This big plant is the favorite of scientists for filtering toluene, a family of harmful substances found in glue, paint thinners, nail polish removers, and other common household products. It also acts as a natural humidifier and tolerates most indoor environments.

2. English Ivy

Pretty in a pot or hanging basket, this venerable favorite can grow with just a few hours of sun per day and can last for years. If you have a place in your bathroom, this plant is great for filtering pollutants specific to that room.

3. Chrysanthemum

This fall favorite will thrive anyplace where it can get good sun. It’s especially helpful in kitchens where it can zap toxins like benzines and ammonia, which are common in household cleaners.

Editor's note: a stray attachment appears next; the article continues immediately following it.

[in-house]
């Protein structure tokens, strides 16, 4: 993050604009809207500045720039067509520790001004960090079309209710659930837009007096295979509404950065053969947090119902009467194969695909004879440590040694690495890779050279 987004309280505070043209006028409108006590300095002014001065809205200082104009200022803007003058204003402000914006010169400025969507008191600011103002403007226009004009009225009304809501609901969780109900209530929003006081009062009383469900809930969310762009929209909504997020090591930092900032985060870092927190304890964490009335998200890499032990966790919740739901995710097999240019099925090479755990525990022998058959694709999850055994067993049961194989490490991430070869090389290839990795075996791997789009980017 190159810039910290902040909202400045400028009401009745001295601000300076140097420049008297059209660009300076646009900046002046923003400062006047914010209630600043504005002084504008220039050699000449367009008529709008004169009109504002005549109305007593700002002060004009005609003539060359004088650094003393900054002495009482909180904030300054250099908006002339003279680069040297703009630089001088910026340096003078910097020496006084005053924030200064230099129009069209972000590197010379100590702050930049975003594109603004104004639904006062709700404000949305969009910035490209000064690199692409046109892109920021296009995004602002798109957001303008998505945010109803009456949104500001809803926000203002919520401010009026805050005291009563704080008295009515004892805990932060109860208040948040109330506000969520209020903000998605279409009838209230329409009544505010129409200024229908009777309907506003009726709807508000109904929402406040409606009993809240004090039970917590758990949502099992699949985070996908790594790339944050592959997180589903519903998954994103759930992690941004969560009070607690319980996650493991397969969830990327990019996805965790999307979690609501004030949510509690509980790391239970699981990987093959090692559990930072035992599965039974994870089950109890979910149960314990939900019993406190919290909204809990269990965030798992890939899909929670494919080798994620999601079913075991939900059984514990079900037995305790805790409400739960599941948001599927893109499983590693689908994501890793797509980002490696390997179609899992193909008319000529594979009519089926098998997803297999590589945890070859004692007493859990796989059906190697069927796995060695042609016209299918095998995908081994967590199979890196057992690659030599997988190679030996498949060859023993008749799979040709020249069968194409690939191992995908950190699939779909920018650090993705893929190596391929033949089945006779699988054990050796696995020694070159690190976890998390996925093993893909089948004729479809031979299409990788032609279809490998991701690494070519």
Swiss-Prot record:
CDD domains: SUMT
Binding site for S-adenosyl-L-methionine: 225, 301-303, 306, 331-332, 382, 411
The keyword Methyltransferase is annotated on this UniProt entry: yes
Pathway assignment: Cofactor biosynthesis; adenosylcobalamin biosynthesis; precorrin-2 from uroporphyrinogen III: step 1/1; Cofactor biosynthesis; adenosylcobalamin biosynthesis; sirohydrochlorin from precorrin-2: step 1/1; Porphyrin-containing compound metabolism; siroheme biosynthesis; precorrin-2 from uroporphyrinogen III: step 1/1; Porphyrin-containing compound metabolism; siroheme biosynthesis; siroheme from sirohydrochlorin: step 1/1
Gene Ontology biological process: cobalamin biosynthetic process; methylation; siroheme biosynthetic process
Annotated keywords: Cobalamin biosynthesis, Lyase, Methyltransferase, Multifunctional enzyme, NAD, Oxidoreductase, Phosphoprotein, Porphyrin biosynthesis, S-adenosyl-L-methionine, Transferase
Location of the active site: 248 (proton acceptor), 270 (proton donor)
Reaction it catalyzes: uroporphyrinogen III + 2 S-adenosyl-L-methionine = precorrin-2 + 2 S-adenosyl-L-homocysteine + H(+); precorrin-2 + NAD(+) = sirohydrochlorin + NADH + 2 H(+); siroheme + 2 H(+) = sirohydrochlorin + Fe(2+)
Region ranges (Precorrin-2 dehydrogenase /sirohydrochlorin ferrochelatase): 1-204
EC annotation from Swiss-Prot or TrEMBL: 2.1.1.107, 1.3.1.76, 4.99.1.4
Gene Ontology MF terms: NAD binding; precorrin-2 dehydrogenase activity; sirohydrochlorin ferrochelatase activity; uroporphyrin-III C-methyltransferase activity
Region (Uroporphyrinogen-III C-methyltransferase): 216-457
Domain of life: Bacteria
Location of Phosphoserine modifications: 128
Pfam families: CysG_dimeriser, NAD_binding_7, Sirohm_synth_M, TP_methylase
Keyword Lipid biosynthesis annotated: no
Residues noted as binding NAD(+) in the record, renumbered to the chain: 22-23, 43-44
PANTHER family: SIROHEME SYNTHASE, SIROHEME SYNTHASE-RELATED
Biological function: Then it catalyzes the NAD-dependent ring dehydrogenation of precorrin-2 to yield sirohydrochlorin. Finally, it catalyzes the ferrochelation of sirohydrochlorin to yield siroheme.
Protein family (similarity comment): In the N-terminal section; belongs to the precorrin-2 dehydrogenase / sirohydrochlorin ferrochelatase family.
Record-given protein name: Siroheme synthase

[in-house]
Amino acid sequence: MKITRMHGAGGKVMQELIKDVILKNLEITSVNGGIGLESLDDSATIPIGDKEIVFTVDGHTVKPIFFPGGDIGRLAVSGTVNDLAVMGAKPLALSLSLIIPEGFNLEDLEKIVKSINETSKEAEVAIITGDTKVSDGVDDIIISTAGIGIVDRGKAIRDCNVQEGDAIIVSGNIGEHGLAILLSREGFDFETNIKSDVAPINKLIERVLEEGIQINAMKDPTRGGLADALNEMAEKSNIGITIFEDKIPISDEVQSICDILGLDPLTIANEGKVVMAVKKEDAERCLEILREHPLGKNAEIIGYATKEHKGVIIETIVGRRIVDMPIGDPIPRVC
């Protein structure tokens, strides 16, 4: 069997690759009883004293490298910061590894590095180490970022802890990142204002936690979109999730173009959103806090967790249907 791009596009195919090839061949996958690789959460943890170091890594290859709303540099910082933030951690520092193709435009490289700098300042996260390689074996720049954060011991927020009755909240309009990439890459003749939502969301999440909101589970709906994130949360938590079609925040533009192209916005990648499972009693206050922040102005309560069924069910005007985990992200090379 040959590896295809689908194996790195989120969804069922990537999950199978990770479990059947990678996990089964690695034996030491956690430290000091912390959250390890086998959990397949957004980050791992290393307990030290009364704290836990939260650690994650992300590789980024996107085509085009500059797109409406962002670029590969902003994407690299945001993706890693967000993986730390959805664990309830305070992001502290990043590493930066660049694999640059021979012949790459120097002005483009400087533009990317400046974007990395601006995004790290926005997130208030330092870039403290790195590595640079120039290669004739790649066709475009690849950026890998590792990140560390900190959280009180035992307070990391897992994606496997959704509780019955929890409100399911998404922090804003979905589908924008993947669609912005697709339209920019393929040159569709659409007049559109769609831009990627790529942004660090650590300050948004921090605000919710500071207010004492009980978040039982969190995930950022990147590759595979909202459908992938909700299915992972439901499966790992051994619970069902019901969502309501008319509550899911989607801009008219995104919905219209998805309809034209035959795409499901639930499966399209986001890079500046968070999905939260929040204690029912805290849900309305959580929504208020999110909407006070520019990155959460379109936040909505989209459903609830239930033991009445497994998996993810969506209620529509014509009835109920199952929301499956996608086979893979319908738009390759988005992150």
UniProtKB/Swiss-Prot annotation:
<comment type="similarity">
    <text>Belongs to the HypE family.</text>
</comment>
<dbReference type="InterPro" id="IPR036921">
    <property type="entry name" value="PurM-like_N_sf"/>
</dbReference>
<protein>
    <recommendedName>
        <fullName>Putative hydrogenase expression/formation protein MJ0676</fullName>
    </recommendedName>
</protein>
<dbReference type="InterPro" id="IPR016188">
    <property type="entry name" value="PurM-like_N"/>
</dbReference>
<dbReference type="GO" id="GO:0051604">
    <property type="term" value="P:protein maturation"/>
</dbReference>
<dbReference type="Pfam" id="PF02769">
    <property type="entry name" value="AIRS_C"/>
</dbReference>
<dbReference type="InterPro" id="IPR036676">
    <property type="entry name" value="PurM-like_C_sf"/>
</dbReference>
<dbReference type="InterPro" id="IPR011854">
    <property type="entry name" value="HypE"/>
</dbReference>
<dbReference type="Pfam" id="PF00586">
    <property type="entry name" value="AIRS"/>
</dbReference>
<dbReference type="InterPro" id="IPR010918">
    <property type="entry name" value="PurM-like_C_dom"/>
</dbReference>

4. Aloe Vera

The darling ingredient of skin care products also doubles as a sieve for the harmful vapors of detergents and varnishes. Like mums, it prefers sunny locations.

5. Snake Plant (Mother-in-law’s Tongue)

Despite its unsavory names, this plant battles airborne chemicals and produces oxygen at night, making it a good choice for bedrooms. Don’t over-water it because it’s susceptible to root rot.

6. Spider Plant

If you’re all-thumbs-but-green, this might be the perfect choice because it grows with little care. It’s especially good at absorbing carbon monoxide and is one of the few houseplants that’s completely harmless to pets, so you can put it anywhere.

7. Peace Lily

This houseplant is as pleasing as its name implies, but wages war against carbon monoxide. Content as a pot-dweller, it requires minimal upkeep other than watering when its leaves begin to droop.